An I Spy baby quilt is not only for cuddles but provides endless hours of excellent learning opportunities and a soft baby quilt for the floor. The wonderful children’s books entitled, I Spy, captures the attention of the young and the young at heart for hours on end.
A quilt displays 21 different animal prints made from 100% cotton baby flannel. To make the “I Spy” game interesting and the baby quilt one a young child will enjoy, a wide selection of animals are chosen. As you view the quilt, animals from the zoo, the pond, the air and many more are found in colors that vary from pinks to yellows, and pastel green to blues. These animals are found on the colored backgrounds of the fabrics but also in the habitats where they live in nature. For example, a printed fabric will display a shimmering fish in a pond, a dabbled horse in a field, or even a little red lady bug in her favorite flower garden. The spying or locating of these types of animals provides children the vocabulary development and background knowledge of these animals in their habitats which are learning skills for these young minds.
To play “I Spy” on the baby quilt:
Look around and silently select an object on the baby quilt that can be seen by all the players.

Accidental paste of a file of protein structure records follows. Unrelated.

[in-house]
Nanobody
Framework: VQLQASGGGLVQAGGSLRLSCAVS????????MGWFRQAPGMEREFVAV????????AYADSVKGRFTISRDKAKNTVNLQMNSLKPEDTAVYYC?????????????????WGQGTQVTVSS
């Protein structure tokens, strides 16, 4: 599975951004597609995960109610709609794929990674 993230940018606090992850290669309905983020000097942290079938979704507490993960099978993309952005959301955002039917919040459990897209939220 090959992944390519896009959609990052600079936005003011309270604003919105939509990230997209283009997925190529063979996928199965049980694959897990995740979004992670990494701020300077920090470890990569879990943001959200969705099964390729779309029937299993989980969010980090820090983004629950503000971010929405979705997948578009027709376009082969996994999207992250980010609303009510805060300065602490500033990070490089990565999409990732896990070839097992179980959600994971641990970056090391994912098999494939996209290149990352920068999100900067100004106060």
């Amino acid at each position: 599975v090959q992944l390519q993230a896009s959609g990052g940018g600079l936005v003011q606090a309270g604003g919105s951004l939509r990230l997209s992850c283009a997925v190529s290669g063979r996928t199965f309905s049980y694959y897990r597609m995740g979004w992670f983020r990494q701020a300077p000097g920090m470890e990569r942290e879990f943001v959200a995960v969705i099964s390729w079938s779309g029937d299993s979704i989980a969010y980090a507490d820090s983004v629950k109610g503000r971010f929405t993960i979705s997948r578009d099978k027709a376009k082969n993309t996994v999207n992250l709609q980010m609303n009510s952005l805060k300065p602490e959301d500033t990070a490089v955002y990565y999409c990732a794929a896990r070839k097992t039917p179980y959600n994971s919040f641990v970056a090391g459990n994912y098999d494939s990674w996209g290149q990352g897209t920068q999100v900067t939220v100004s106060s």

Say, “I spy with my little eye,” and then give some description of the animal, such as “something red,” “something wild” or “something small.”
Take turns trying to guess what the object is.
A baby quilt actually consists of 42 blocks in total. An added opportunity to have fun with the baby is to play the “Matching Game.” Finding the matching blocks is possible because two identical fabrics are placed into the baby quilt. During these important years, babies not only enjoy games but need these simple games for developing their problem solving skills.
As a child grows, the quilt will be a treasured keep sake. Toddlers will continue to enjoy playing the simple games of “I Spy “and the “Matching Game” with their parents and other caregivers. They can also start to enjoy playing with other young children, though some adult assistance may be required. Later, important lessons on how to take turns can develop.